I wrote this for the Beaverton Resource Guide:
Seven years ago, during the summer of 2012, we lost our son, Zach, at the age of 25.
For Christmas that year, my wife and I managed to get a Christmas tree. We placed upon it clear tear-shaped ornaments and blue lights. It was a Blue Christmas, a la, Elvis: “I’ll have a blue Christmas without you.” Nonetheless, it was Christmas.
The blue and the tears were good for our souls. I know that other celebrations besides Christmas are celebrated during the holiday season, but perhaps all of our celebrations have a similar orientation around this time of Winter Solstice. At the darkest point, the sun begins its rise.
There is much to be festive about at this time of year: Shopping, parties, gathering with families, glowing candles, children in their pajamas, concerts and light shows and plenty of Santa hats. I love all of it.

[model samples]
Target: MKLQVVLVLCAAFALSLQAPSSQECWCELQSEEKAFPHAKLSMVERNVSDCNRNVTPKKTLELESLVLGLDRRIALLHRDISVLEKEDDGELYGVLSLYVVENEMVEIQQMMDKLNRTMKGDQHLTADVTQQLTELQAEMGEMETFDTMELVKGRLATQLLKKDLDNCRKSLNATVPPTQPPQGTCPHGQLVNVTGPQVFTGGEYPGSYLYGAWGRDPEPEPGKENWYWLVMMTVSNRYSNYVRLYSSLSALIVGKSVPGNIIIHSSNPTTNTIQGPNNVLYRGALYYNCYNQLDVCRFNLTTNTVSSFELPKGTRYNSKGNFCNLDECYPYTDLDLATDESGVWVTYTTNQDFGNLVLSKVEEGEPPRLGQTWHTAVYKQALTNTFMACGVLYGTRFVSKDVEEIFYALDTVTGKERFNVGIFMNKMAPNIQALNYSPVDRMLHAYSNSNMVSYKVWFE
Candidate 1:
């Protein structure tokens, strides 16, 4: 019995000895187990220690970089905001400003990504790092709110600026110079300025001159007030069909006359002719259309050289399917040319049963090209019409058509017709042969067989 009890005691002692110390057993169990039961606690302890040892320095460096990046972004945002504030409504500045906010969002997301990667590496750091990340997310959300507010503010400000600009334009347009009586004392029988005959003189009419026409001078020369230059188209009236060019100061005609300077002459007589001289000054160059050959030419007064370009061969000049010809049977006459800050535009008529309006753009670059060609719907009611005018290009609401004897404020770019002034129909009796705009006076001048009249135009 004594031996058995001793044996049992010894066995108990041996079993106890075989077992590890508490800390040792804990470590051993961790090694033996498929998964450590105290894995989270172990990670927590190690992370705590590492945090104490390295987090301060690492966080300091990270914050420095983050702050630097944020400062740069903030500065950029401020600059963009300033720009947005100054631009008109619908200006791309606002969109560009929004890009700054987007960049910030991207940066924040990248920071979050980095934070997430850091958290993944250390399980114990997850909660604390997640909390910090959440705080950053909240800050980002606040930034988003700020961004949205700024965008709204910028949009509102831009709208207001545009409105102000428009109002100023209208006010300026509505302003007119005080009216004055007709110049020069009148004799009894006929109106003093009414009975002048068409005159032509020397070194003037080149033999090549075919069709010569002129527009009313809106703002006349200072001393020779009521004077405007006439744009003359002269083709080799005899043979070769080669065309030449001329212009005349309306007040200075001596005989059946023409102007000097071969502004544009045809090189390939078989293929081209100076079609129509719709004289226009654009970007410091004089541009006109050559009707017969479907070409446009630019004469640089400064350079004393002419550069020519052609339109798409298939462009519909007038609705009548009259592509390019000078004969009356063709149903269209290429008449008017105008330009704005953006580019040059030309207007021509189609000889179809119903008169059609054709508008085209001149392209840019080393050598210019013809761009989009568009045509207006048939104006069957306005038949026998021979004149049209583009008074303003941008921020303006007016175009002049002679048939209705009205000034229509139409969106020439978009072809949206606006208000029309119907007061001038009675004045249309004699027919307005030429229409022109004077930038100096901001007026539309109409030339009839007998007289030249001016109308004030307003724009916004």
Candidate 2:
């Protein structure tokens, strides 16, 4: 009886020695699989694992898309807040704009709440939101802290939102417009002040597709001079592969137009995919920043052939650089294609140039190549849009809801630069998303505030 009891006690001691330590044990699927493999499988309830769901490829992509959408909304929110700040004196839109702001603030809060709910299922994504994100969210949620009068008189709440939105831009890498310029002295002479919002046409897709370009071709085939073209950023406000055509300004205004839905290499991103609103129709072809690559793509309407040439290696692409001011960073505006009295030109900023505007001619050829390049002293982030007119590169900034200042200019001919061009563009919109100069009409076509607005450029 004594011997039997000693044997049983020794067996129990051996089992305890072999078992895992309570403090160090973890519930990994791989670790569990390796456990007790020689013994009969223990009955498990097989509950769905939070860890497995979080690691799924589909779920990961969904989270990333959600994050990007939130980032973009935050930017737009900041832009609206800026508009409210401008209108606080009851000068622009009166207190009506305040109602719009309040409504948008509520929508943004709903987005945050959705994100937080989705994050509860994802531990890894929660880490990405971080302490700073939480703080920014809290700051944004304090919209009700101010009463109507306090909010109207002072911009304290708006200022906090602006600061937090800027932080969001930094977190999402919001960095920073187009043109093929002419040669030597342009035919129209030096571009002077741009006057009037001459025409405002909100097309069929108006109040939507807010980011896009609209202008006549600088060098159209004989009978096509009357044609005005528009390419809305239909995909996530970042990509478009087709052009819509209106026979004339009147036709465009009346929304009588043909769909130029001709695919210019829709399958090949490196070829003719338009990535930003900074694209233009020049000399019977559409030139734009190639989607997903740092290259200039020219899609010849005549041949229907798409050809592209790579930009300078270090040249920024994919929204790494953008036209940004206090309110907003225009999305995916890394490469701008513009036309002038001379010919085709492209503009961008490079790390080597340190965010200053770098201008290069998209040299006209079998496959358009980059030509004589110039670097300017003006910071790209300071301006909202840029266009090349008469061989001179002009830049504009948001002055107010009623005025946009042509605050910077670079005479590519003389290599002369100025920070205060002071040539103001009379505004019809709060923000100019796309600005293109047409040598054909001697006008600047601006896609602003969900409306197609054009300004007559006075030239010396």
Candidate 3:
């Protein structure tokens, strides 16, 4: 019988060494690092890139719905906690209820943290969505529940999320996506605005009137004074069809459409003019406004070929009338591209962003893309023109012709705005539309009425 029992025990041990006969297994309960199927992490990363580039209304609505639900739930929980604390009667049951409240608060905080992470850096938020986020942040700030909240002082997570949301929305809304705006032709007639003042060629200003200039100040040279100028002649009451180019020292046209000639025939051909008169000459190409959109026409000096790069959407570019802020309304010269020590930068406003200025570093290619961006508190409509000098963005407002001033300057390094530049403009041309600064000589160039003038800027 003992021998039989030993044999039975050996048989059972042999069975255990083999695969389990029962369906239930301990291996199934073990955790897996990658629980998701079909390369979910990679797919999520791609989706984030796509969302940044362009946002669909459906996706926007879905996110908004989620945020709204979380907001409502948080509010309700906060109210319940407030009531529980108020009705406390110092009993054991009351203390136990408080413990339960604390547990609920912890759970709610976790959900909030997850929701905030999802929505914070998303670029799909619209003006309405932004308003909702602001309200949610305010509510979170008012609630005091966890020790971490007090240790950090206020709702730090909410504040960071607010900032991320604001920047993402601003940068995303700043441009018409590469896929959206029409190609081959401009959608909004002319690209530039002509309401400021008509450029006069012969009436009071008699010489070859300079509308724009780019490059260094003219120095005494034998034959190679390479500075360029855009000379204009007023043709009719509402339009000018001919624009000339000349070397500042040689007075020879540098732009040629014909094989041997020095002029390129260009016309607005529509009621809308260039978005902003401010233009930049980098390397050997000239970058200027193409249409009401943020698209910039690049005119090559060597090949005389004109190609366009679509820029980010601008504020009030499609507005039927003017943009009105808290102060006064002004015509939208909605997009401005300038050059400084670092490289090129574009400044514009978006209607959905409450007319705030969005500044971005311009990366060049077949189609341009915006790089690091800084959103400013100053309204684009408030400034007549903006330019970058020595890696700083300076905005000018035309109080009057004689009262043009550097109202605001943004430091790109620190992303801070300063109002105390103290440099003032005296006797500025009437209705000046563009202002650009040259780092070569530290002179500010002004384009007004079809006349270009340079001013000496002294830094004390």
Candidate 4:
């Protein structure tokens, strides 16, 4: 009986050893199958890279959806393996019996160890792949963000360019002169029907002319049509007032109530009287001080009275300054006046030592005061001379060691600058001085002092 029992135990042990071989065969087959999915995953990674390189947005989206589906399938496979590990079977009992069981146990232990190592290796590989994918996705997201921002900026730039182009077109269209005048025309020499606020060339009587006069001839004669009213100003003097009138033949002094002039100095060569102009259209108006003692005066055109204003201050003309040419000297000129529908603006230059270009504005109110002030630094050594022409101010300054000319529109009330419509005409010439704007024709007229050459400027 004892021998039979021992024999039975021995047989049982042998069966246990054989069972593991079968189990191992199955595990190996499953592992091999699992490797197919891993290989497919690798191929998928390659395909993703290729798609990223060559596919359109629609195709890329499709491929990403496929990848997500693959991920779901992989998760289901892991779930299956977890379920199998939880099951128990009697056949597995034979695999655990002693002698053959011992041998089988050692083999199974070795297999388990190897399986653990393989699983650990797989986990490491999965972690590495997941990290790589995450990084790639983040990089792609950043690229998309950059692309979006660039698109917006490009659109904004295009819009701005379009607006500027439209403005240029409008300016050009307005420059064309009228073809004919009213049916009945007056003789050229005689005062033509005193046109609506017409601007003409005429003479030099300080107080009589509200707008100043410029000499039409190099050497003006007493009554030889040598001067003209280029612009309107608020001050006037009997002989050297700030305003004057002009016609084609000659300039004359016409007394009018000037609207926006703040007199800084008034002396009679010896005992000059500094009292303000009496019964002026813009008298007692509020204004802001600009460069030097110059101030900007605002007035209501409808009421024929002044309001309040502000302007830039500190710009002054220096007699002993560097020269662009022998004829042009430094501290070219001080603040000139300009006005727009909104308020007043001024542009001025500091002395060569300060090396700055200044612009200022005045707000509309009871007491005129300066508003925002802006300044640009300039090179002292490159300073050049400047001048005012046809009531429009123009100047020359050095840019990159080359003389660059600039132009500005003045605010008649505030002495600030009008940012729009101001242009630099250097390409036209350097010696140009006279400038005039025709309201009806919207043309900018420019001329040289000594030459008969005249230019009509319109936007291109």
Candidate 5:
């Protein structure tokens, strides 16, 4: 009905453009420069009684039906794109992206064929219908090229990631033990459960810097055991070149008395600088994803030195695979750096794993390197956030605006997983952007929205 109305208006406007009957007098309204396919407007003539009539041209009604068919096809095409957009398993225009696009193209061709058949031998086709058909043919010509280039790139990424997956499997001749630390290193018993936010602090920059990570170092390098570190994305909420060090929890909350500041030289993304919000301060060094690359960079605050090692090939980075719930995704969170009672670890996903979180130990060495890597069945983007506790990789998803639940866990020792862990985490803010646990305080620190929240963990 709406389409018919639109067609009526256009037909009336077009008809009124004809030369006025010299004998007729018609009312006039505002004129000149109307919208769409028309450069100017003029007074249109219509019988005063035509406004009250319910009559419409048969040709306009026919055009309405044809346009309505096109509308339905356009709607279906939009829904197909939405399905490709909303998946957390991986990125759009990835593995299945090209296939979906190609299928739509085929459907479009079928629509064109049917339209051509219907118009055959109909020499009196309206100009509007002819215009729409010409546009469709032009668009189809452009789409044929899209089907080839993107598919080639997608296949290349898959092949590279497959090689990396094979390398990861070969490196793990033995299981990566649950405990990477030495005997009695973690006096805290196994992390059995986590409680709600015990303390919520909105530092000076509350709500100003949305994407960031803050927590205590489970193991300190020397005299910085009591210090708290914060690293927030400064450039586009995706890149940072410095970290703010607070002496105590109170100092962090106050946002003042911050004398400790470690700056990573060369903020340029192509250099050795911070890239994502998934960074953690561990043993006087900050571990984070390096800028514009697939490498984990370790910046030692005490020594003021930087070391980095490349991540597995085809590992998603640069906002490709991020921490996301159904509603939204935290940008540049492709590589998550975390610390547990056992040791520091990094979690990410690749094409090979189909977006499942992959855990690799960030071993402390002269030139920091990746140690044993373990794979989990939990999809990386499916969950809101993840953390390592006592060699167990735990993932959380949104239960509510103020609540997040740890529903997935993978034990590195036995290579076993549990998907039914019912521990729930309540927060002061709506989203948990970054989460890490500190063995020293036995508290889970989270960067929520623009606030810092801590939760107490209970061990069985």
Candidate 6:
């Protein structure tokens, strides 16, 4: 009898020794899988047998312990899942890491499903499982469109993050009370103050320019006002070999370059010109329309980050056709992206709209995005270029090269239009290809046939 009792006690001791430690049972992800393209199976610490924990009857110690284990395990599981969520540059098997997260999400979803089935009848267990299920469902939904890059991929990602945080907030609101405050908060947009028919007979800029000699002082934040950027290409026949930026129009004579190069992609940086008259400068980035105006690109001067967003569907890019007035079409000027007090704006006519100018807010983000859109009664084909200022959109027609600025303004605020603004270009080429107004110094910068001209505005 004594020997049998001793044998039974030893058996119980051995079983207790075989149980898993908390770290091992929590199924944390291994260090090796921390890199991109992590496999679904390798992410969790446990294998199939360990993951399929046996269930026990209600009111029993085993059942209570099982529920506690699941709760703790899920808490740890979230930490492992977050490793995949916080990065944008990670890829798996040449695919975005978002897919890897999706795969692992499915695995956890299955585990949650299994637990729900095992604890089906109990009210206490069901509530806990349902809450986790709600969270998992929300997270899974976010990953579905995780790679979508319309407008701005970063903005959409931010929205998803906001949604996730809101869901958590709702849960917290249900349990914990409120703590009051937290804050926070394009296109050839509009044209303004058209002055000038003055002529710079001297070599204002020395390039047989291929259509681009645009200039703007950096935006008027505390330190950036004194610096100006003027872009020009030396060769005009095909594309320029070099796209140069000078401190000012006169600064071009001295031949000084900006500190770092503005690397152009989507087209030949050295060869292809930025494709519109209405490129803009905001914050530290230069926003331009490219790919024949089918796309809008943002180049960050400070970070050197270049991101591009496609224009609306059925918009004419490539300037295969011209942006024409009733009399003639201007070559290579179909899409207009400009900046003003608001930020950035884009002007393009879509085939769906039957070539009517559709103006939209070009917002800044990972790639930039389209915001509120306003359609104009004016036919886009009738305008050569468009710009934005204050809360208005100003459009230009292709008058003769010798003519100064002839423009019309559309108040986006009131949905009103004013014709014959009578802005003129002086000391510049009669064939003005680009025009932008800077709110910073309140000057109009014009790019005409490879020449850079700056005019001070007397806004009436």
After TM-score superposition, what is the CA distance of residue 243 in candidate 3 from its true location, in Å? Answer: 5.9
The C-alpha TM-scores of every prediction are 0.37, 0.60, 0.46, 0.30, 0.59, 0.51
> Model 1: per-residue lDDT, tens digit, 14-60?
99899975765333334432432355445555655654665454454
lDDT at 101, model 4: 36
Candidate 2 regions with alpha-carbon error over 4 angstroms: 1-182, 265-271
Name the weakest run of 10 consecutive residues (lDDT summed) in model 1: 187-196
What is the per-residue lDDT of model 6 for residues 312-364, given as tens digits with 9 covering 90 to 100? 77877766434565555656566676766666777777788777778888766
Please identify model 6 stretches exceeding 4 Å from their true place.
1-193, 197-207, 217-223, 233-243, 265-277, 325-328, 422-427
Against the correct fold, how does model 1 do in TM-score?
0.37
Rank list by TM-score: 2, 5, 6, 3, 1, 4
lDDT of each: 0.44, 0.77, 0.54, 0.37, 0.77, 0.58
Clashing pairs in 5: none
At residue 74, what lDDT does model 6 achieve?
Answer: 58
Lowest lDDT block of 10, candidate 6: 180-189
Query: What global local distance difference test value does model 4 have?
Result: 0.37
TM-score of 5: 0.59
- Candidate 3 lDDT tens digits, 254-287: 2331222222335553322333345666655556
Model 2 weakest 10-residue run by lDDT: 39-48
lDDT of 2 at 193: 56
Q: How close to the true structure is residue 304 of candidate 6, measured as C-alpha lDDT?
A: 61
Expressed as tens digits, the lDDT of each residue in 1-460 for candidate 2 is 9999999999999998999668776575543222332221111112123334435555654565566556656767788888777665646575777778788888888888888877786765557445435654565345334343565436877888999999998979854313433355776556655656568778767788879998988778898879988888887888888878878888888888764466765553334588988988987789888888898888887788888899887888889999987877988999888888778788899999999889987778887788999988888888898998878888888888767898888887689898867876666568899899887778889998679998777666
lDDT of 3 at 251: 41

Yet, Christmas (and the holiday season as a whole) is most complete when it includes some blue. The light that shines in the darkness is shining for the darkness of grief, loss, and struggle that we all experience. It is the price of being born.
Our tree won’t consist entirely of tear-shaped ornaments and blue lights this year, but there will be a couple of them. They will remind us of Zach and of loss and of the Light of a new dawn that pierces the darkness.
Wherever life finds you this season, may the Light meet you where you need to be met even if it shines through the color blue.
John Shuck is a Presbyterian minister. His website is www.progressivespirit.net